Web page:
The previous calculation methods control the load-bearing capacity of the joint by simple
comparison of calculated stresses to the yield strength of the basic material. They do not provide
for direct handling of the requirement of strength checks for the known values of permissible
weld stress prescribed by the standards or company procedures. This method therefore obliges
users who want to use this program to design the joint and at the same time comply with the
prescribed procedures for the strength checks.
Unlike the previous method, this method uses the comparison of calculated stresses to the value
of permissible stress "SwA" defined directly by the user for strength checks. The condition of load
bearing capacity of the welded connection may then be described using the relation:

As the required safety level is usually already included in the value of the prescribed permissible
stress, the applied safety degree "FS" is used as an auxiliary quantity and only describes a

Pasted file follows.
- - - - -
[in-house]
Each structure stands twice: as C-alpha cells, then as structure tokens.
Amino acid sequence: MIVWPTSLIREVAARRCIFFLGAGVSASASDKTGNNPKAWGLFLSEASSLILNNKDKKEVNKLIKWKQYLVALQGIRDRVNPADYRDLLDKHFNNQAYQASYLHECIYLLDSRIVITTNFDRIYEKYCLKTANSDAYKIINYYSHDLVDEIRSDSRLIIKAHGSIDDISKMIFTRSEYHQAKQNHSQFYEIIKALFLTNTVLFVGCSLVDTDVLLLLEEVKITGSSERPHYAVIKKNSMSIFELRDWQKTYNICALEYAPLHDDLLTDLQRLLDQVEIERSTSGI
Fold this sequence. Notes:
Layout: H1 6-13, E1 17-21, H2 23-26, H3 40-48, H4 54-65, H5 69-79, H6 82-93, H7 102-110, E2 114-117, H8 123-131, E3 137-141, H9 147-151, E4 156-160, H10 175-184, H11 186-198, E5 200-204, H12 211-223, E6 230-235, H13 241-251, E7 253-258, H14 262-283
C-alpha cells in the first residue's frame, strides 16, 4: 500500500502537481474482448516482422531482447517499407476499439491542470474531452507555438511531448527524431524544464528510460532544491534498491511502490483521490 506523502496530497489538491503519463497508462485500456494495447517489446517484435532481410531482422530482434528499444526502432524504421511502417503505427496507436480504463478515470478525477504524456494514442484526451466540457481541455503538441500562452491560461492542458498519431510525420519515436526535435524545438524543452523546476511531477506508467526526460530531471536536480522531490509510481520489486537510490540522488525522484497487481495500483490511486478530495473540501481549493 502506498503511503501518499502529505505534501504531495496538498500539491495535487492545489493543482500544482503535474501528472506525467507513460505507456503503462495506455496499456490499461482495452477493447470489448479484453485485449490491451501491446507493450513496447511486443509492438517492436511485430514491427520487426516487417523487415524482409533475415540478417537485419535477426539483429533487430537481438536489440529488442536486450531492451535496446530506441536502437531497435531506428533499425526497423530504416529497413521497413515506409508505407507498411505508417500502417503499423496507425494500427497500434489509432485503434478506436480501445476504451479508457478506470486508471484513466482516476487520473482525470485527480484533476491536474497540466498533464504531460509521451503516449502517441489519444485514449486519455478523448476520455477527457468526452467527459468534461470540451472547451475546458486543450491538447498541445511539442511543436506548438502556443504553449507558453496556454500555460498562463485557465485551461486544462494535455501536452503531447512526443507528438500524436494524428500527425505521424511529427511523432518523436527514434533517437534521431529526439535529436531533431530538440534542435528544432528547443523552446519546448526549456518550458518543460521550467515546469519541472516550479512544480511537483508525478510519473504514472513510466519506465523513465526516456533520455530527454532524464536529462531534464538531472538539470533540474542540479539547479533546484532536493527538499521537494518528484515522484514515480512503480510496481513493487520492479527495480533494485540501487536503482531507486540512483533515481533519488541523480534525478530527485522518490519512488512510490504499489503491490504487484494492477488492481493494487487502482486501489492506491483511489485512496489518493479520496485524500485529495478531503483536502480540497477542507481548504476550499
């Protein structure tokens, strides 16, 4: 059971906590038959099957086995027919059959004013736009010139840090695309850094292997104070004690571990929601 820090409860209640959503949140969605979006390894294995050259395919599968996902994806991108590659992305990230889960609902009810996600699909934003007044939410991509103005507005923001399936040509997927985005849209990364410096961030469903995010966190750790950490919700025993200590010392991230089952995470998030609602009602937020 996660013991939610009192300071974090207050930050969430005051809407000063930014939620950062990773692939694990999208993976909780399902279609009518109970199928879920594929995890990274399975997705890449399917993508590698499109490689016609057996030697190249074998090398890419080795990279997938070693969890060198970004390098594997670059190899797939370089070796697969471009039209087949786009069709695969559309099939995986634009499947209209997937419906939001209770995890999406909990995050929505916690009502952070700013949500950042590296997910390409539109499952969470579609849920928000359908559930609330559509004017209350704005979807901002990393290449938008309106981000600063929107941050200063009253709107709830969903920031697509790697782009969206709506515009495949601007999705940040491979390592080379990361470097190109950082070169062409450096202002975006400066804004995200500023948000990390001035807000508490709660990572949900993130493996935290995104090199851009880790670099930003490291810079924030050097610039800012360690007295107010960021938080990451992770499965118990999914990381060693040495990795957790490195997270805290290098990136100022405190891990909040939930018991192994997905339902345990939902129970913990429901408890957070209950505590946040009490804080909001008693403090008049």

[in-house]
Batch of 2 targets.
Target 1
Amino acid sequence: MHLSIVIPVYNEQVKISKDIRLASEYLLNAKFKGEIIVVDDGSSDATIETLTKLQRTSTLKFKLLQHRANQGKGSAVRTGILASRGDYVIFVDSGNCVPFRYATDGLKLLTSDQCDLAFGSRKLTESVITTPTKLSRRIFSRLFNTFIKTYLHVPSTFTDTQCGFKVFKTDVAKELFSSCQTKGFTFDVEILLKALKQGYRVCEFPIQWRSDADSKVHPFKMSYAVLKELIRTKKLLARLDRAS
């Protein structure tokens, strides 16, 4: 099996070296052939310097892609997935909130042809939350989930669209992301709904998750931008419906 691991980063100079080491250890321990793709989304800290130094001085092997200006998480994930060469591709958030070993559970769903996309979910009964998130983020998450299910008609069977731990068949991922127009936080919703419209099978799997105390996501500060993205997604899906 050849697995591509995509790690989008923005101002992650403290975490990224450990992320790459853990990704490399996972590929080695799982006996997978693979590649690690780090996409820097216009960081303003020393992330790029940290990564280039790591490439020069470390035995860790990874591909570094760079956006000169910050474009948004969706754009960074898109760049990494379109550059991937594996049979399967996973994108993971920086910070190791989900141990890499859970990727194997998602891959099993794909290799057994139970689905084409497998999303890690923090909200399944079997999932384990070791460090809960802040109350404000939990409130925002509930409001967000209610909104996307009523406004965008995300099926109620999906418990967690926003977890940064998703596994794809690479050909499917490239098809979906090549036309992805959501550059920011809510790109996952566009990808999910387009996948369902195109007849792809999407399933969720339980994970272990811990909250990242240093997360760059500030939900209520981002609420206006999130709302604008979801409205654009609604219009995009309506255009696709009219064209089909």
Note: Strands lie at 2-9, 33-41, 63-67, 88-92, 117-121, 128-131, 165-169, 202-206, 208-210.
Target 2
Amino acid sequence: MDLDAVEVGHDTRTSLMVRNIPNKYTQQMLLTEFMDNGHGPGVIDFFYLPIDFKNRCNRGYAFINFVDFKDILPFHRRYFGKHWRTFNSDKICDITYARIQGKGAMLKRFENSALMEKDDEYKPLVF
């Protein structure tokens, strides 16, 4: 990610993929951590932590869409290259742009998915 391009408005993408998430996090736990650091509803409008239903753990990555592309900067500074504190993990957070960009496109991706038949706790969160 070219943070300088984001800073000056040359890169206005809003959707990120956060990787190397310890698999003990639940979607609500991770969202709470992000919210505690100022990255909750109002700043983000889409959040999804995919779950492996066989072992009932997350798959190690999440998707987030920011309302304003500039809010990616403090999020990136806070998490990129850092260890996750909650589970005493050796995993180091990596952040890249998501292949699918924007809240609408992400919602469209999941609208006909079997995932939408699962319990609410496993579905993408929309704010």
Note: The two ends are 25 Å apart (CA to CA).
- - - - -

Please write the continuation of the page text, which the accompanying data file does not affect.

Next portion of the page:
certain degree of "over-dimensioning" of the designed connection. The safety value "FS" will then
depend on the procedure applied by the user in order to define the permissible stress, and it is
usually FS1.
Hint 1: Some values of permissible stresses that are specified in professional literature are
derived for a different methodology of comparative stresses calculation. That is why this method
enables variable behaviour of the calculation. Set the basic parameters for the calculation of
comparative stresses in paragraph [3.10] on the sheet "Options".
Hint 2: Use this method if you need to check the load-bearing capacity of the welded connection
for known (rated) permissible connection stress.

Process of calculation.
A typical calculation / connection design includes the following steps:
1. Set the required calculation units (SI / Imperial). [1.1]

2. Choose the proper calculation method and set the required safety level [1.2].

3. Choose the material for the connected parts [1.9].


4. Select the chapter with the respective type of welded connection.

5. On the first line of the chapter [X.1] select the required workmanship (shape) of the
connection.

6. In paragraph [X.2] set the dimensions of the connected parts.

7. Check the respective check boxes in the paragraph "Loading of the connection" to
select the appropriate load combination. Specify the size of the selected loads.